We beat the big one! WooHoo!!


  5. Nice post. Life is sweet, funny. Staying in a light vein, and now that you can have your cake and eat it too, I have been thinking about this all month and didn’t want to comment until you hit your thirty days and posted the results and intentions. So. As a eighteen week sober rookie who will not even experience feelings for another six weeks, I have to say I don’t quite get the war on sugar and especially sugar as a beer counterpart. Two different animals. Or maybe you’re not saying that. I admit I have had a craving for sweets since setting down beer but the sweets haven’t…. Oh wait, maybe the light bulb just flickered on. When I started drinking beer my quantities were nowhere near the quantities at the end although I always drank for the buzz from day one. So thinking along those lines, sugar could become a monster if I let it run rampant. Or not. It’s not like sugar has the destructive capability of alcohol. But if it is not sugar it could be anything else like maybe tobacco or gambling or drugs or work or sex or exercise. Some more destructive than others but an addiction is an addiction. So from that perspective I think I will stay on the lookout for my addictive behavior and try to live a lifestyle that makes sense, seems positive and productive. In other words do the opposite of what I did with beer. So ice cream every now and again but not a half gallon a day. Wouldn’t hurt for me to start a modest exercise program either. Naw, that’s way too much ambition that could lead to disappointment leading to stress leading to addictive behavior leading to beer leading to very bad news. Glad I caught that one in time.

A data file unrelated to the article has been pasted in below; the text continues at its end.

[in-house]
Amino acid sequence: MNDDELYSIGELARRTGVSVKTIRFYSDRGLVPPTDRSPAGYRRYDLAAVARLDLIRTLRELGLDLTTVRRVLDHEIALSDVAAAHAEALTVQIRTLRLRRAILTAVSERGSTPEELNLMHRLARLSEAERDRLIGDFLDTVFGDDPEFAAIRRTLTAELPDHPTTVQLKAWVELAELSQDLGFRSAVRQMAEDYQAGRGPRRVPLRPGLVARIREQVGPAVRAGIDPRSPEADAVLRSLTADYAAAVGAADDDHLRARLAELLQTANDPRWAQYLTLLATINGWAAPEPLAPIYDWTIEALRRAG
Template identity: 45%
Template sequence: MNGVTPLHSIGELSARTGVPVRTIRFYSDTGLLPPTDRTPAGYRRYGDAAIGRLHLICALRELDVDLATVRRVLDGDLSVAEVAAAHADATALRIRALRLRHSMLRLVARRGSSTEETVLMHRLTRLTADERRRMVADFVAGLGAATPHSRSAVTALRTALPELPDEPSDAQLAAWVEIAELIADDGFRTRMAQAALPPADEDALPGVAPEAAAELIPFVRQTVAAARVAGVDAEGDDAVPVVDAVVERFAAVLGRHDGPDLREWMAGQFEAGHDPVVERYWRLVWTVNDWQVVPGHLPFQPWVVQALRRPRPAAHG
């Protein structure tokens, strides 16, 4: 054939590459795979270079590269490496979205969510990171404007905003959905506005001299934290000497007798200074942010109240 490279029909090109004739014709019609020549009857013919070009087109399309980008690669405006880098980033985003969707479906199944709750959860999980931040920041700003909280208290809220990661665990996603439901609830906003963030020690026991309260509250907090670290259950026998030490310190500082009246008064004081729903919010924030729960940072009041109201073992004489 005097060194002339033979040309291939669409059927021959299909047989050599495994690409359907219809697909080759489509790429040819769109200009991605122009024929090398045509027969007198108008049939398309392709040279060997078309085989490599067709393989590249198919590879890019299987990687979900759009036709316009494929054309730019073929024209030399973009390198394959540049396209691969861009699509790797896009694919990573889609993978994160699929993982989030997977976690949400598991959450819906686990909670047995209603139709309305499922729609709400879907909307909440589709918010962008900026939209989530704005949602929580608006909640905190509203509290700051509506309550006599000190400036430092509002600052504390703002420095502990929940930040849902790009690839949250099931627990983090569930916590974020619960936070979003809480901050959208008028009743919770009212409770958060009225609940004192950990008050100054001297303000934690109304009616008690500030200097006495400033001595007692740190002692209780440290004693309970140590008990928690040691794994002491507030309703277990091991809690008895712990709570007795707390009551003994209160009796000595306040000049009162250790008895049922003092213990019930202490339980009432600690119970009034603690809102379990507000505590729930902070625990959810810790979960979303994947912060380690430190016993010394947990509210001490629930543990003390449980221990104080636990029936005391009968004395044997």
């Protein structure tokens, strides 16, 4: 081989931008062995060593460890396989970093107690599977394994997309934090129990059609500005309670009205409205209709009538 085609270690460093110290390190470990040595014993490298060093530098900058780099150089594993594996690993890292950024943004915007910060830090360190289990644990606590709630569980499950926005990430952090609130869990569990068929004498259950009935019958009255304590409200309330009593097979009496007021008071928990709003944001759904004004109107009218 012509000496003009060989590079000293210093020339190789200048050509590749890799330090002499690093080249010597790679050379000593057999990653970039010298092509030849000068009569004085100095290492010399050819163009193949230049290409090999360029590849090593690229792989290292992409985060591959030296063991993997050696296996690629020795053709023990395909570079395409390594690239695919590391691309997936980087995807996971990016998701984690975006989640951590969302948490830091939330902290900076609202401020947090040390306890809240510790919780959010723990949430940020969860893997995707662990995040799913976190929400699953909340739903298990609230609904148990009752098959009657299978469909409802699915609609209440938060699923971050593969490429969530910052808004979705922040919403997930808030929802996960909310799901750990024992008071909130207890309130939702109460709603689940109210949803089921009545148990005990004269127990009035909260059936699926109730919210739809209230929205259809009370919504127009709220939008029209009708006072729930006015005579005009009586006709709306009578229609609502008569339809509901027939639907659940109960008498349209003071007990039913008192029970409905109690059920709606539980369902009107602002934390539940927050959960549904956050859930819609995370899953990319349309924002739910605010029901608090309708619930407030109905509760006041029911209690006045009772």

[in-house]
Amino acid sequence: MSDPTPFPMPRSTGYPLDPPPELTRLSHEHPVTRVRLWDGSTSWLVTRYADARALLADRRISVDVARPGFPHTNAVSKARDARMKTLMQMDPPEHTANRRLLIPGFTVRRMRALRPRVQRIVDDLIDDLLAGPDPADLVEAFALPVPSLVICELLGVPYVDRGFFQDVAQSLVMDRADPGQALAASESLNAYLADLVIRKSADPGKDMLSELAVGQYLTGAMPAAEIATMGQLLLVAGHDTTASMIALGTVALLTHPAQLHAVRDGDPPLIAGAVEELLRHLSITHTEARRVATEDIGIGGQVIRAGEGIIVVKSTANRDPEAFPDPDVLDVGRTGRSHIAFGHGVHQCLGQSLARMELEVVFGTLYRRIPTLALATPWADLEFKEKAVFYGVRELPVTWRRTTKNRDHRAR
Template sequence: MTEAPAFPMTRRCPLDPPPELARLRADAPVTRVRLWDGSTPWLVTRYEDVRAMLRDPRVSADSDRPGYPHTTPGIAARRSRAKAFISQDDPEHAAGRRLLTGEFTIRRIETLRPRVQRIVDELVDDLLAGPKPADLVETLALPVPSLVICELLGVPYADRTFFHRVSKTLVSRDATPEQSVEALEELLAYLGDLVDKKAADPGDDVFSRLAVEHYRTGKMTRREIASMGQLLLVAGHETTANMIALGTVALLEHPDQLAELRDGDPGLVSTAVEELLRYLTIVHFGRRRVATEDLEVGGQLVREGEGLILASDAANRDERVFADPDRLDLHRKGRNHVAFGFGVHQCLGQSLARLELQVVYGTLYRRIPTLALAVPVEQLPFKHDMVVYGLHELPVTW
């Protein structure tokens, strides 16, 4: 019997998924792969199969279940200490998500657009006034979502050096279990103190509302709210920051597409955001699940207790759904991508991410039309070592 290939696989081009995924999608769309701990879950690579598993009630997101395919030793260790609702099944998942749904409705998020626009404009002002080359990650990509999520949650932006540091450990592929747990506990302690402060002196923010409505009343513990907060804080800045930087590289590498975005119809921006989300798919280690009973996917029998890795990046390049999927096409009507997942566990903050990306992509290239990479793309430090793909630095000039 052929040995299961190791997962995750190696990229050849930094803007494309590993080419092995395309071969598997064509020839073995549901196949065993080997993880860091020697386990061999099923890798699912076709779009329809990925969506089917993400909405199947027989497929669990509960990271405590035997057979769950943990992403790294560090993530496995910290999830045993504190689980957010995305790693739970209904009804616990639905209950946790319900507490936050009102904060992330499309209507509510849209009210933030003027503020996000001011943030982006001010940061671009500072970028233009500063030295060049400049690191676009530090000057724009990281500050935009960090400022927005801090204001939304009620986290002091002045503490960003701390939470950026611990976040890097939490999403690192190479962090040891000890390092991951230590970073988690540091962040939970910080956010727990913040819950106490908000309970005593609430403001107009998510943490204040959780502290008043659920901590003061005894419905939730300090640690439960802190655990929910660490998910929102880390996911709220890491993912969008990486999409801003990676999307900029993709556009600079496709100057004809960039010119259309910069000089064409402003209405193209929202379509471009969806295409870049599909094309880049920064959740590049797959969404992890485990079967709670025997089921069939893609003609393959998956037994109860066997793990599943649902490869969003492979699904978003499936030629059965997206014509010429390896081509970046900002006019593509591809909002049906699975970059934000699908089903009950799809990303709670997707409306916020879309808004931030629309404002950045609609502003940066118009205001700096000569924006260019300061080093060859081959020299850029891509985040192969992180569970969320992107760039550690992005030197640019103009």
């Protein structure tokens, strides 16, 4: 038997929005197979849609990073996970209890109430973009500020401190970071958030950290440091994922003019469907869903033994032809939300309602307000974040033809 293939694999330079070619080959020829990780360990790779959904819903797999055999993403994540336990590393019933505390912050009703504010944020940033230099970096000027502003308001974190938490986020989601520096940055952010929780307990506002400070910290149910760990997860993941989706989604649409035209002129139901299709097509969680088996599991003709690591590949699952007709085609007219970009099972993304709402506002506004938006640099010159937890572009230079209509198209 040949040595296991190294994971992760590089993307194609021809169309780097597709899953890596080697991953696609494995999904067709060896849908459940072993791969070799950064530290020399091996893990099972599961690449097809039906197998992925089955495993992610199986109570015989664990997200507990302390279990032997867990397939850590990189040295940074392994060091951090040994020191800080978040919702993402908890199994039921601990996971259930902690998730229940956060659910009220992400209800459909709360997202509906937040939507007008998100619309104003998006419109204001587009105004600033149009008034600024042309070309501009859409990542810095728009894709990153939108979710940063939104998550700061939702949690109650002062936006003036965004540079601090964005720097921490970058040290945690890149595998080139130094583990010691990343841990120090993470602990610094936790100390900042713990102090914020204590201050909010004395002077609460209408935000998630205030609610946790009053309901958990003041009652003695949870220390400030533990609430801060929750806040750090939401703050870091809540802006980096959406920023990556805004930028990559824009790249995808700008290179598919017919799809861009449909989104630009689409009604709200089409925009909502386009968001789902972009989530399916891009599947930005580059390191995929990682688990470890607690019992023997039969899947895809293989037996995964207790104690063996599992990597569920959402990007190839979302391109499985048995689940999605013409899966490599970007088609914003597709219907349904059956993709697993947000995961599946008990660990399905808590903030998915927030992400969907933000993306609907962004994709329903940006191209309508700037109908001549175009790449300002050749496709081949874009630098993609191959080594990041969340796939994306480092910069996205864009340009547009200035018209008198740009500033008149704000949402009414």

Thanks for writing. Have a great day. Keep smiling.


    1. Karymayhickey said it better than I could in her comment (above? below?). The destruction I can do with sugar is nothing like I could with alcohol. They are entirely different animals.

      For the first 9 (or so) months of being sober, I abused sugar and never gave it a second thought. Did it get worse over time or did I just get more sensitive to the crashes/ill effects? Both, probably.